Book Review by Steve Matthews.
The English Heritage Book of new Ghost Stories: Eight Ghosts edited by Rowan Routh. £12.99
Is there any better, more appropriate place for a ghost than Carlisle Castle? Those red sandstone walls have stood there at the head of the city for almost a thousand years. It must have witnessed many an untimely death. The castle was seized by King David of Scotland. He died in there in 1135.
In succeeding years the castle was twice besieged by the Scots. The Scots attacked again during the reign of King John and the castle gatehouse was “cracked from top to bottom”. They attacked yet in 1315 under the leadership of Robert the Bruce. Andrew de Harclay defended stoutly and negotiated a truce without the permission of his own king. He was arrested for treason. He was hanged, drawn and quartered outside the city walls and one of his quarters was displayed on the castle keep for five years.
During the following centuries Carlisle was the military heart of the troubled Borderlands.
In the Civil War, the Parliamentary troops besieged the city for nine months. The city eventually surrendered after the citizens had been reduced to eating rats.
After the Jacobite Rebellion of 1715, rebels were imprisoned in the castle. In 1745 the city was besieged first by the Highland army of Bonnie Prince Charlie and than a few months later, as the Jacobites fled north, it was re-taken by the Duke of Cumberland. In 1746 the rebels were brought to trial in Carlisle. Most of them were transported, but thirty-seven were sent to the gallows.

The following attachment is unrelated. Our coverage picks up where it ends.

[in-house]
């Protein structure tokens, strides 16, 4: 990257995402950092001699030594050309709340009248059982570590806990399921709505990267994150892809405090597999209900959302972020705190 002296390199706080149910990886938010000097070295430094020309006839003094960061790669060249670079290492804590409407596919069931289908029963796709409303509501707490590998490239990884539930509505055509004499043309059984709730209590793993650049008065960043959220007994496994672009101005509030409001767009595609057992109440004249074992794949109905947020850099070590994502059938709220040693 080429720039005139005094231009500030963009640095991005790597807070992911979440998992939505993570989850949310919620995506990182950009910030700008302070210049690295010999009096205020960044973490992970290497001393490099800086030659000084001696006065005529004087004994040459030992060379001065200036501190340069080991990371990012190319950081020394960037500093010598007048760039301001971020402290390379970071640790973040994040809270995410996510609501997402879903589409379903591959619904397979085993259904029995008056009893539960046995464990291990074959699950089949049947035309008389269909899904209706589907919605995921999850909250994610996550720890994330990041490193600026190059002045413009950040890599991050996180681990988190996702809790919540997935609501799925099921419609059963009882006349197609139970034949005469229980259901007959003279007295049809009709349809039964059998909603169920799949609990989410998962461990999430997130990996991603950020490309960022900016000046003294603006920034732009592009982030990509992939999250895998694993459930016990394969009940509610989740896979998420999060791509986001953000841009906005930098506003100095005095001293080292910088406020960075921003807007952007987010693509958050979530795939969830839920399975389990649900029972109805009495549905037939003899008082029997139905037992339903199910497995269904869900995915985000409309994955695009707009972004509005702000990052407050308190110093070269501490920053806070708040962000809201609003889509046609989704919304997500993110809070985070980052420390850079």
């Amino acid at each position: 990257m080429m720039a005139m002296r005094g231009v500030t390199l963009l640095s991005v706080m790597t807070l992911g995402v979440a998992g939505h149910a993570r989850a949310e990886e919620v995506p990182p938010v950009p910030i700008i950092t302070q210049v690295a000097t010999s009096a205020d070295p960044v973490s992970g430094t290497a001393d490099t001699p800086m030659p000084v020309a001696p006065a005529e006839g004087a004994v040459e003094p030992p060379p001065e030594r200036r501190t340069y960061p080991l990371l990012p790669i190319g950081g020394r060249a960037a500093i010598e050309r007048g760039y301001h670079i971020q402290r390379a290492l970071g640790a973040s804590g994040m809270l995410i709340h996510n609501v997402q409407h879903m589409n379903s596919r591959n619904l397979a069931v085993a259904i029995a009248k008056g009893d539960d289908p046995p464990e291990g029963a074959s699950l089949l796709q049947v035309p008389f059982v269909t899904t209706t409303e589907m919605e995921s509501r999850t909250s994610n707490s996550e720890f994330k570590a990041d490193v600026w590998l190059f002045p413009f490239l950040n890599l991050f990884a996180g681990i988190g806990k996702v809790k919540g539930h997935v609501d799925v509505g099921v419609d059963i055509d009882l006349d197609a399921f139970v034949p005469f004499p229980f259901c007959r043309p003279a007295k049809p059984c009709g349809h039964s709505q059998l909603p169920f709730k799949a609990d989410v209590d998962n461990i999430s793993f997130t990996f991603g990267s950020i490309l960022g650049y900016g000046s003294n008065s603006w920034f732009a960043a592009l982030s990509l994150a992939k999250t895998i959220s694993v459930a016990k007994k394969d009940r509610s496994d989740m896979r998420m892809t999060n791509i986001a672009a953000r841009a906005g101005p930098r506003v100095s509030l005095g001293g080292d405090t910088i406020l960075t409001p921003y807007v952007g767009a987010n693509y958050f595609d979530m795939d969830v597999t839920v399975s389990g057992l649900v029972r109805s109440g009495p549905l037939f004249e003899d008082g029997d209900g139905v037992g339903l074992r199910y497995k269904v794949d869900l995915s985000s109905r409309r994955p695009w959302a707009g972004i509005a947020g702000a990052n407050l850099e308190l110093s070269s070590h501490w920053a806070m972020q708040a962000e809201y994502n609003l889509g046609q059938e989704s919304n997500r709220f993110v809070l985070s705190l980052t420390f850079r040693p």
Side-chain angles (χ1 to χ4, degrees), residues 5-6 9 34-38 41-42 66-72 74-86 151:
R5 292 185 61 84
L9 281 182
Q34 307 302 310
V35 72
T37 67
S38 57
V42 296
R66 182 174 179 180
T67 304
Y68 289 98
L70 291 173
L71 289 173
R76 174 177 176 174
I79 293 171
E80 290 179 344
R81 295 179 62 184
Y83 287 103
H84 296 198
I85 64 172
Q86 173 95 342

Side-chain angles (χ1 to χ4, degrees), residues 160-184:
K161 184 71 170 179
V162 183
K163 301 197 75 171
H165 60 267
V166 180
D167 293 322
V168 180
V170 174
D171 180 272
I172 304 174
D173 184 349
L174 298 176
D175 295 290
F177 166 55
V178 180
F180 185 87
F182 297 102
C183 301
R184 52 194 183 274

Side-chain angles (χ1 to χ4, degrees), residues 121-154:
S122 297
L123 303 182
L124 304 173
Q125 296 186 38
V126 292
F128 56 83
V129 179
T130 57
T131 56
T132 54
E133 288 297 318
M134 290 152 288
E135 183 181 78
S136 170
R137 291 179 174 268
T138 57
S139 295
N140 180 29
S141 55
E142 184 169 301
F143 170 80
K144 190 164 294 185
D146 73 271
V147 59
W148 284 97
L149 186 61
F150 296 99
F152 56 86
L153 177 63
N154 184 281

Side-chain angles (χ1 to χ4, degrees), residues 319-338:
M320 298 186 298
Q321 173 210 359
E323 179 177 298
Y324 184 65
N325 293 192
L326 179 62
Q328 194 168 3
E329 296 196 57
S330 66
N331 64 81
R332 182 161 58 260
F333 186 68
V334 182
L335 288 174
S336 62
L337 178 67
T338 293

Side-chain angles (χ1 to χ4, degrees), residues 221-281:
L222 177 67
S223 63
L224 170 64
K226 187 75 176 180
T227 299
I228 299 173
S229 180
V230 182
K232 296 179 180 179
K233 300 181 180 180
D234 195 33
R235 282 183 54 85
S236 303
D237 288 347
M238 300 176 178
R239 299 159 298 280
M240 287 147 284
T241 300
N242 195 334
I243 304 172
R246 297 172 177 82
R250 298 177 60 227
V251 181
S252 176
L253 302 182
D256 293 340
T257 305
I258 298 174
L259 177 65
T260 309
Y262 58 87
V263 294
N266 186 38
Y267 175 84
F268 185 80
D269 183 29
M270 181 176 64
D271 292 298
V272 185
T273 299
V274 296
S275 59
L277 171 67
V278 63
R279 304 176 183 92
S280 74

Carlisle Castle is, indeed, a place of perturbation, a place where one might well expect to encounter a ghost.
Andrew Michael Hurley, who lives in Lancashire, won the Costa Book of the Year in 2016, with his first novel, The Loney. He sets his story, Mr Lanyard's Last Case, in Carlisle Castle in “that unsettled summer” of 1746, during the time of the Jacobite rebels. At the trials, James Lanyard had been overcome by a “nervous illness” which “brought to an end what had been a long and formidable career at the Bar”.
The real story of what happened, of what deprived this able and brilliant man of his energy and strength, was only known to those who were in the court at the time. “There was talk of ghosts and spirits (and that Mr Lanyard had, in fact, been haunted until the day he died in his house on the edge of the Heath)”.
The city was overrun and few lodgings were available. Lanyard boarded with an army surgeon, Doctor McEwan. Prisoners were being sent to the city from all over the Borders. “And with all these prisoners, would come a long procession of lawyers, clerks, underwriters, physicians, men called to the grand Jury and the Petty Jury, witnesses, families of the accused, bailiffs and a great many other servants and necessaries further down the train.”
McEwan kept a capuchin monkey, his payment for curing a sailor of the pox. “It was a wrinkled, emaciated creature and clattered about in a small cage with its withered right hand dangling like a bracelet.”
And so, Andrew Michael Hurley sets his scene in the foetid, febrile Carlisle of 1746, a troubled and uneasy city.
Hurley's excellent story is one of eight by a group of distinguished authors. Each is set in an English Heritage property. Jeanette Winterson tells an eerie story of Pendennis Castle. Kate Clanchy sets her tale in Housesteads Roman Fort and Sarah Perry imagines events at Audley End.
If any Government organization is responsible for preserving English ghosts then that organization is English Heritage. With this fine collection of spooky stories, English Heritage is shouldering its responsibilities with style.